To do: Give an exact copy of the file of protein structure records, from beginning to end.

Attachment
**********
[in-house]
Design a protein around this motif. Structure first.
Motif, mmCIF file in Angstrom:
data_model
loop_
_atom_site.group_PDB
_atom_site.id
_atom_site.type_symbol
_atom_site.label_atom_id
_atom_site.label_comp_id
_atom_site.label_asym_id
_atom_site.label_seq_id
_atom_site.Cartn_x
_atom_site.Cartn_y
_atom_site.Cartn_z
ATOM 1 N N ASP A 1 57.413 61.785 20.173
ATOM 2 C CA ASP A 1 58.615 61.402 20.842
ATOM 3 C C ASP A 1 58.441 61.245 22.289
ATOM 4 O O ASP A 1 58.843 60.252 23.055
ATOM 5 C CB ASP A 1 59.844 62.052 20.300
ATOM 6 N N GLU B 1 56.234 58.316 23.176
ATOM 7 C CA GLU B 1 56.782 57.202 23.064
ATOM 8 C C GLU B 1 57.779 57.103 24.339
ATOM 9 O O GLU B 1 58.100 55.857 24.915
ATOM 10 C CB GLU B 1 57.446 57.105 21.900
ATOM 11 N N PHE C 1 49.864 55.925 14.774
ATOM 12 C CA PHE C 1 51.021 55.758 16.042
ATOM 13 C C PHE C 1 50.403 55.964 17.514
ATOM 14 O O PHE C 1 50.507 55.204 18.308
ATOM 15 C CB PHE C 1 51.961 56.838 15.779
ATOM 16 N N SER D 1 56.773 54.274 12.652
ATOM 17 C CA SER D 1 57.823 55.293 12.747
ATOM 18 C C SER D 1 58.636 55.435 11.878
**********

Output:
[in-house]
Design a protein around this motif. Structure first.
Motif, mmCIF file in Angstrom:
data_model
loop_
_atom_site.group_PDB
_atom_site.id
_atom_site.type_symbol
_atom_site.label_atom_id
_atom_site.label_comp_id
_atom_site.label_asym_id
_atom_site.label_seq_id
_atom_site.Cartn_x
_atom_site.Cartn_y
_atom_site.Cartn_z
ATOM 1 N N ASP A 1 57.413 61.785 20.173
ATOM 2 C CA ASP A 1 58.615 61.402 20.842
ATOM 3 C C ASP A 1 58.441 61.245 22.289
ATOM 4 O O ASP A 1 58.843 60.252 23.055
ATOM 5 C CB ASP A 1 59.844 62.052 20.300
ATOM 6 N N GLU B 1 56.234 58.316 23.176
ATOM 7 C CA GLU B 1 56.782 57.202 23.064
ATOM 8 C C GLU B 1 57.779 57.103 24.339
ATOM 9 O O GLU B 1 58.100 55.857 24.915
ATOM 10 C CB GLU B 1 57.446 57.105 21.900
ATOM 11 N N PHE C 1 49.864 55.925 14.774
ATOM 12 C CA PHE C 1 51.021 55.758 16.042
ATOM 13 C C PHE C 1 50.403 55.964 17.514
ATOM 14 O O PHE C 1 50.507 55.204 18.308
ATOM 15 C CB PHE C 1 51.961 56.838 15.779
ATOM 16 N N SER D 1 56.773 54.274 12.652
ATOM 17 C CA SER D 1 57.823 55.293 12.747
ATOM 18 C C SER D 1 58.636 55.435 11.878